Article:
Olympia’s Missing Middle rezone
The national housing shortage affects millions in the US who can’t afford to rent, let alone buy, a home. The epidemic has rightly sparked a national conversation over racial and economic inequality, the beleaguered middle class and even climate change. But the conversation is fraught with triggering language, polarizing political spins, and attractive but unproven solutions.
In Olympia, City officials have a plan for increasing affordable housing. They’re so sure their radical rezoning proposal, the “Missing Middle” is a great idea that they have repeatedly avoided public input on the plan. And if HB 1923, the housing bill they pushed through congress last year, is such a good idea, why are similar moves being challenged in communities around the country?
HB 1923 follows a growing urban design trend that calls for rezoning neighborhoods to add high density housing to neighborhoods historically characterized by single-family dwellings, aka “houses.” Proponents say the radical restructuring will integrate neighborhoods economically, socially and racially, offering the possibility of home ownership to more people. Sounds great, right?
The same government and industry players responsible for the largest transfer of wealth in our country’s history now say they have the answers again.
There is no evidence that “building our way out of inequality” will work, sadly. Data from a similar plan in California suggests that uncontrolled gentrification will be the real result of such rezoning, and that only the top 30% – young high wage earners attracted to urban living – will probably be served by the plan, while the remaining 70% will continue to lose ground economically.
Developers, who typically receive significant property tax breaks on new projects (which are ultimately covered by taxpayers), are not required to provide any actual housing units for low or middle-income residents. Nor can they give any hard numbers about how much the proposed units will cost or how they plan to attract minority populations.
In an age where words are weaponized, simply questioning something like HB 1923 has become dangerous. In this case, opponents of HB 1923 or the Missing Middle, regardless of their actual background, are being characterized as privileged white homeowners afraid of changing their way of life. Some of their critics even suggest that home ownership is a relic destined for the history books and that reduced livability of neighborhoods is just a casualty of the social justice revolution.
Don’t fall for the shaming and virtue signaling. The truth is more complicated than that. Ask any one of the 10 million Americans who lost their homes in the 2008 mortgage crisis. The same government and industry players responsible for the largest transfer of wealth in our country’s history now say they have the answers again. And they don’t mind pitting us against each other to create a distraction from their own complicity.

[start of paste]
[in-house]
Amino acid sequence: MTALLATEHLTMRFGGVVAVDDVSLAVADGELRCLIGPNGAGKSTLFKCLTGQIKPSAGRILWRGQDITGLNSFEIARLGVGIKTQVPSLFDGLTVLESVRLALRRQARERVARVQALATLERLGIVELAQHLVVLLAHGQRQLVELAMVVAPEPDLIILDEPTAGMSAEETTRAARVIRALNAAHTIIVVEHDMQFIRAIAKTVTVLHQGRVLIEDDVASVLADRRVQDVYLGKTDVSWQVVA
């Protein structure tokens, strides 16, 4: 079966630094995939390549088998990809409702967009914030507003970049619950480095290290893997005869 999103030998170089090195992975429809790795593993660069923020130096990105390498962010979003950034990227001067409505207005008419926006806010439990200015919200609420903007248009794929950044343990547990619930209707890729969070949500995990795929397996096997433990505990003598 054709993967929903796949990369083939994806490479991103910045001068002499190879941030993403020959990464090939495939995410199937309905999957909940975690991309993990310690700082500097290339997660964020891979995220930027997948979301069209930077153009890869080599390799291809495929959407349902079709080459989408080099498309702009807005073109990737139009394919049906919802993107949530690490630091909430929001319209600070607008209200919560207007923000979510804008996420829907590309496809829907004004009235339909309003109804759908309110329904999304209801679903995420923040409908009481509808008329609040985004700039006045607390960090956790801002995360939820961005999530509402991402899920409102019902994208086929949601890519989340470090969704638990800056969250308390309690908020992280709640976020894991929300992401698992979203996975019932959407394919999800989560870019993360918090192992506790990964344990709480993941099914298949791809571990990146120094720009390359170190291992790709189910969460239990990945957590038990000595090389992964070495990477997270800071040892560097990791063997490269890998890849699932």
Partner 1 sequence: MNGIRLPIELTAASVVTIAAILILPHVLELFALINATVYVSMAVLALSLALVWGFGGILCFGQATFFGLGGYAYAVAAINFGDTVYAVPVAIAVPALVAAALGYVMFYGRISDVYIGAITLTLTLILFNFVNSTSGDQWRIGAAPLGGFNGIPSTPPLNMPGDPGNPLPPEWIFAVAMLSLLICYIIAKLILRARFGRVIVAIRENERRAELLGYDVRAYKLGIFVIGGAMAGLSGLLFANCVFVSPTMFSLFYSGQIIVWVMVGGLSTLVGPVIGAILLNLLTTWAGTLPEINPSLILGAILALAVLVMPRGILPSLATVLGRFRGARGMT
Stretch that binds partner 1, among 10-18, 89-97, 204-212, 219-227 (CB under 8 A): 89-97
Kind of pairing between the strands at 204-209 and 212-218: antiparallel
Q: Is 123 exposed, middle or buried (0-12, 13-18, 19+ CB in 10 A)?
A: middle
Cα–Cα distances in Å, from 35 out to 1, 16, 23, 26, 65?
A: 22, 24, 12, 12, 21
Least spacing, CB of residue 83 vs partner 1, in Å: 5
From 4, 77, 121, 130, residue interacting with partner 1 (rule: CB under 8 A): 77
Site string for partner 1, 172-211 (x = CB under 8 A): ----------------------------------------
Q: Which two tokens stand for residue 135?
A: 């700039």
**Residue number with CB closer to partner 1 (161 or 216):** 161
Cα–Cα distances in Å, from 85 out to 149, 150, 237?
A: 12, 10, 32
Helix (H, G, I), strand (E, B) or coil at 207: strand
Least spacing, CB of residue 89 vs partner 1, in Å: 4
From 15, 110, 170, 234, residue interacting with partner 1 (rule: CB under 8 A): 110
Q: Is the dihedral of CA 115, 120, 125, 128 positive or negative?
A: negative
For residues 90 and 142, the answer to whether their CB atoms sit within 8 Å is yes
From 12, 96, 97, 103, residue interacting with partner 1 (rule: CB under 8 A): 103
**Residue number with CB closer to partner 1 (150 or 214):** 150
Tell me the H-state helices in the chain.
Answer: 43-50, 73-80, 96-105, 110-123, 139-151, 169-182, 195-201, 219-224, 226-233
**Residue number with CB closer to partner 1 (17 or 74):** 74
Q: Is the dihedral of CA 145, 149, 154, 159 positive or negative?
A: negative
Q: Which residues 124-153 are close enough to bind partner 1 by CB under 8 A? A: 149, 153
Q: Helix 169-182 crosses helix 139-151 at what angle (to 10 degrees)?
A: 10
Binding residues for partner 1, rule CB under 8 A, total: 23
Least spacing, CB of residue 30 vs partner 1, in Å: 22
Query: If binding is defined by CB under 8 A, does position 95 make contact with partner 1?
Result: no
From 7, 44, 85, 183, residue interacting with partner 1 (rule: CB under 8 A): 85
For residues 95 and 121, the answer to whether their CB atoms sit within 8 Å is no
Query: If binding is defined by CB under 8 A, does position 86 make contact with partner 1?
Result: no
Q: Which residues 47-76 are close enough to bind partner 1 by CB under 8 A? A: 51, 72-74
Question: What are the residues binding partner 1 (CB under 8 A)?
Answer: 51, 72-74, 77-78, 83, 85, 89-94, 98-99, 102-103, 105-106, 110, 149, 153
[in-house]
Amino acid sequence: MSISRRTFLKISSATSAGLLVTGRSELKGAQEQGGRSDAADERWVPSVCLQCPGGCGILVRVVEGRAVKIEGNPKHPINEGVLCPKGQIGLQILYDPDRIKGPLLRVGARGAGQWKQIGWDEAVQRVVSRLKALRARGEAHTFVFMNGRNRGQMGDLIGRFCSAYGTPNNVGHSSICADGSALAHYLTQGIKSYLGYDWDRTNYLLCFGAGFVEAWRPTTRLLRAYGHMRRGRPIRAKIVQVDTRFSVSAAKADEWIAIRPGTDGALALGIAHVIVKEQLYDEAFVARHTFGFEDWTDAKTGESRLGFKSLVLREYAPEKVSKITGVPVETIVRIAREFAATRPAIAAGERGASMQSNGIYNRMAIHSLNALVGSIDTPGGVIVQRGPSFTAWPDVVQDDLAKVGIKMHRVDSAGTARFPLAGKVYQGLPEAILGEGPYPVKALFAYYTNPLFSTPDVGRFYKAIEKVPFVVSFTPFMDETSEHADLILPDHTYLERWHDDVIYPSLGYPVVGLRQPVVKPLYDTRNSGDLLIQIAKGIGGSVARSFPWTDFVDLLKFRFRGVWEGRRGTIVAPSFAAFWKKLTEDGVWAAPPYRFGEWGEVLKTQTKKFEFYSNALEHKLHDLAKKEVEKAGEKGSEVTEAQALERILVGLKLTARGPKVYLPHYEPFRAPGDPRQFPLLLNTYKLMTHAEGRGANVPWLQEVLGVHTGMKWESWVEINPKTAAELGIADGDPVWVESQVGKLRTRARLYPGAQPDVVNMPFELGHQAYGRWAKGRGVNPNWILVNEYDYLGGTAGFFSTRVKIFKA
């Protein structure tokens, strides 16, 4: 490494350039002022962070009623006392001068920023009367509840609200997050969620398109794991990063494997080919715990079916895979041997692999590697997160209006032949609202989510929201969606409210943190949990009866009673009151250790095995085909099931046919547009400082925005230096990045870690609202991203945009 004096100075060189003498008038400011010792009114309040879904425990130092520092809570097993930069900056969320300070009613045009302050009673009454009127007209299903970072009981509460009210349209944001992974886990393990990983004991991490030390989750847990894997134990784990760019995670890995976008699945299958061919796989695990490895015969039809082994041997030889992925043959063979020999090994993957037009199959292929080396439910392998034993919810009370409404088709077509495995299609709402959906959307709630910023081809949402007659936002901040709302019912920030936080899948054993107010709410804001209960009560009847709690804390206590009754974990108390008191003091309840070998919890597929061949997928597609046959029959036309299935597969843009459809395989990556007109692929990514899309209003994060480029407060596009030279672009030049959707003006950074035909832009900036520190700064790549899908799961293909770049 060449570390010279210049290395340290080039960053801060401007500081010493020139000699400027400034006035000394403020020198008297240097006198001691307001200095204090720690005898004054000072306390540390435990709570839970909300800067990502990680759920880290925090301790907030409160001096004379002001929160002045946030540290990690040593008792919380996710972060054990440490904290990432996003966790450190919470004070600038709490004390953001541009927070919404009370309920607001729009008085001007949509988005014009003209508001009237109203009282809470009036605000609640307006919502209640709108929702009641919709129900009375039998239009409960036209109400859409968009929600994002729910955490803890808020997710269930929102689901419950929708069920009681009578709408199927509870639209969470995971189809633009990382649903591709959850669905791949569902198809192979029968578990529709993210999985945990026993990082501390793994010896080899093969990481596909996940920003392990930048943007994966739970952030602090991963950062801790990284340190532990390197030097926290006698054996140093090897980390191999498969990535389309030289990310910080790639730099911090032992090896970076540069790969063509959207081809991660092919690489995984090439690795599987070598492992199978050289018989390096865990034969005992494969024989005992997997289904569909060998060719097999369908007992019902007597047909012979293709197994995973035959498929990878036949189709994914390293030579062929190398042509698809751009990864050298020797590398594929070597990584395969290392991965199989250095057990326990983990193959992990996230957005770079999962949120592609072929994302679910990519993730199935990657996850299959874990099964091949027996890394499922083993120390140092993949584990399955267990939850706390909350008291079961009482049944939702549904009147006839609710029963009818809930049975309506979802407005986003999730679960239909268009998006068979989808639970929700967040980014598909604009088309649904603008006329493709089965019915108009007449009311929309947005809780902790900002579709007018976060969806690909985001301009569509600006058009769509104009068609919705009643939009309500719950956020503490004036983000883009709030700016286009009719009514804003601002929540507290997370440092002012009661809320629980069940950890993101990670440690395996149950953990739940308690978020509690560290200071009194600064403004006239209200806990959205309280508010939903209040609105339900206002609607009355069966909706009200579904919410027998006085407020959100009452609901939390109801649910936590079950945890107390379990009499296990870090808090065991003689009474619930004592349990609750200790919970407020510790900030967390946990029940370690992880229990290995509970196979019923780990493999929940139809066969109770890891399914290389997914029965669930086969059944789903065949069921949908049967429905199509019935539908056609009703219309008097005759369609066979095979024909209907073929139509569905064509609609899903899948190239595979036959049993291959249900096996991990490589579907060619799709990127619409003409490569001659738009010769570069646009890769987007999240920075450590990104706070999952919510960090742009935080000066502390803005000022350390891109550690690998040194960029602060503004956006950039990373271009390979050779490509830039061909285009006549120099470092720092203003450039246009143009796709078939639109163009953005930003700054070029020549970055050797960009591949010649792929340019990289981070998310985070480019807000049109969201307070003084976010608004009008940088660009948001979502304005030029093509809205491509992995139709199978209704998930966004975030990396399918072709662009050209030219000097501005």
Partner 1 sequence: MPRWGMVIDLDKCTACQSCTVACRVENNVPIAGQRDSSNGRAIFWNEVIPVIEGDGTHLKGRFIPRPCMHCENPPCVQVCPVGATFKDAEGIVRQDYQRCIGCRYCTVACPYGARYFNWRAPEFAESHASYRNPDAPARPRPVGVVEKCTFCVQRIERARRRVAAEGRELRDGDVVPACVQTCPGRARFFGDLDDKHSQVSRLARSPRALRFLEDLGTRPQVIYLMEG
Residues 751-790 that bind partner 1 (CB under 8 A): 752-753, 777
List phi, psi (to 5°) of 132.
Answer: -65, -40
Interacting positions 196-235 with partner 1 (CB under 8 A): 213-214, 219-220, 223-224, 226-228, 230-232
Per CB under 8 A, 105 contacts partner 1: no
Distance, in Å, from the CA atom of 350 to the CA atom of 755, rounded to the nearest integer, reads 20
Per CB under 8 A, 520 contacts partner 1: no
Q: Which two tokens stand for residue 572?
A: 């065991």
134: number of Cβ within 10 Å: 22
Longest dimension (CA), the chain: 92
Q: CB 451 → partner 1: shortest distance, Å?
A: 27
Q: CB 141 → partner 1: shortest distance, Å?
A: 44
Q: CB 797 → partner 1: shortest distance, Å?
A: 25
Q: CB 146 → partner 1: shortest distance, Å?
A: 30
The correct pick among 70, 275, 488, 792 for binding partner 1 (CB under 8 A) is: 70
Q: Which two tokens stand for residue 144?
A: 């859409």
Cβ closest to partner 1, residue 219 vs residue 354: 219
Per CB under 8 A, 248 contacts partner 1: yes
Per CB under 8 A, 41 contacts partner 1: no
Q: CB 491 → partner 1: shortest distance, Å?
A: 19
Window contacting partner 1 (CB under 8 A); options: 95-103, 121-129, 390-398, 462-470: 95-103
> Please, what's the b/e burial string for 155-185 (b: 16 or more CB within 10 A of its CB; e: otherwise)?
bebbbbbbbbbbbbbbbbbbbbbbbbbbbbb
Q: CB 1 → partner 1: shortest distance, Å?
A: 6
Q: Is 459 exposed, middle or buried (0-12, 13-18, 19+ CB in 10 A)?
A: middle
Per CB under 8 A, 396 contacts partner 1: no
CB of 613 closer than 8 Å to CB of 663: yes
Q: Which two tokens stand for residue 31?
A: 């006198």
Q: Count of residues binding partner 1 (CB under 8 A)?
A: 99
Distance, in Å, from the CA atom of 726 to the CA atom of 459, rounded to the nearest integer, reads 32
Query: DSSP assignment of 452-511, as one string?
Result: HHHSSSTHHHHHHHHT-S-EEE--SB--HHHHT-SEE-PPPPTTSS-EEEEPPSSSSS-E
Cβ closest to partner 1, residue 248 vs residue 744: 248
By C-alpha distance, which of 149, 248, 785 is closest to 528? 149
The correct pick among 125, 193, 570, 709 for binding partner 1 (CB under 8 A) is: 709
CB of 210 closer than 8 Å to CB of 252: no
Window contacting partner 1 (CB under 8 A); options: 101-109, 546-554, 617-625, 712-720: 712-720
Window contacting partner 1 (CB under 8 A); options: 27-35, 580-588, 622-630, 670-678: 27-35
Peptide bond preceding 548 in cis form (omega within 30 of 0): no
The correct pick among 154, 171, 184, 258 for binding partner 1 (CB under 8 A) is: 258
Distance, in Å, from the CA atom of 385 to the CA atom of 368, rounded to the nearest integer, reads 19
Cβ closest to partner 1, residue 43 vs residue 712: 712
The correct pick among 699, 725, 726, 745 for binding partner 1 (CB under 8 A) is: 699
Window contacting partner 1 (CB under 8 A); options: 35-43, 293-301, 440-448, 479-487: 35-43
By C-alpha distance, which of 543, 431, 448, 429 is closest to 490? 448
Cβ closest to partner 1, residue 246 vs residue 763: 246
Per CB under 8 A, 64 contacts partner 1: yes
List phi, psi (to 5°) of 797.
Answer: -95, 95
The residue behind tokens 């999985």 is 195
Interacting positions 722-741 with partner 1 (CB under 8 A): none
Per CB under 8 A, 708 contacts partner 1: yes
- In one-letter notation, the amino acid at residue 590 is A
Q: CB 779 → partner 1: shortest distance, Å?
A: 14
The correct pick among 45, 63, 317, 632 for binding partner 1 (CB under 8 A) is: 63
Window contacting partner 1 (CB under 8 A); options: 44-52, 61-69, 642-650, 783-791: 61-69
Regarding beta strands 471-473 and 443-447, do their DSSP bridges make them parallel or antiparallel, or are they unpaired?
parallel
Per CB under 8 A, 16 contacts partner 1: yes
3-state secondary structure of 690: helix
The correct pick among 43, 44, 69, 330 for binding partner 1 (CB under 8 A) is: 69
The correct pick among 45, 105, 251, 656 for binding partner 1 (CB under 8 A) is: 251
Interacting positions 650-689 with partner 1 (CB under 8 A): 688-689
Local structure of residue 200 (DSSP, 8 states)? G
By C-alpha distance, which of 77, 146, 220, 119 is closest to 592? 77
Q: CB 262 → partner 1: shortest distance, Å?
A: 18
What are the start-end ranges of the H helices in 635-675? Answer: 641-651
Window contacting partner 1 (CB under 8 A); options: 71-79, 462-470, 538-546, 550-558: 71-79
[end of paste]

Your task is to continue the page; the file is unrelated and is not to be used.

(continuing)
The truth is there are lots of good ideas coming from all sides, like Dr. Ali Moderras, Chair of the Urban Studies Dept. at UW Tacoma, whose research on housing, wealth distribution and the migration of labor is affecting nationwide policy. Community groups like Livable California and Portland Is Not For Sale and Seattle Coalition for Affordability, Livability & Equity (SCALE) have all arisen to demand public participation in decisions that affect their neighborhoods. Here in Olympia, Olympians & Smart Development and Livable Neighborhoods has practically begged the City to look at the alternative plan they developed in August 2018.
At the very least, we need to know exactly what Housing Bill 1923 would do to create fair, accessible housing for all when so much of it hinges on working with private developers who promise but aren’t required to provide a percentage of each parcel to affordable housing? That’s always worked out so well in the past, hasn’t it?
Until the City can show real numbers about how much new housing they are creating for lower income families and how it will lower rental rates, we need more dialogue, more transparency, and more buy-in from the people the plan will affect.
Lori Lively has been a free-lance writer and marketing consultant since the early 1980s.
Note: Attainable Housing and the Future of Prosperity and Inclusion in Pierce County will be hosted by University of Washington-Tacoma’s Urban Studies Dept. on Wednesday, March 4, at William Philip Hall. Details at www.tacoma.uw.edu/urban-studies/urban-studies-annual-forum.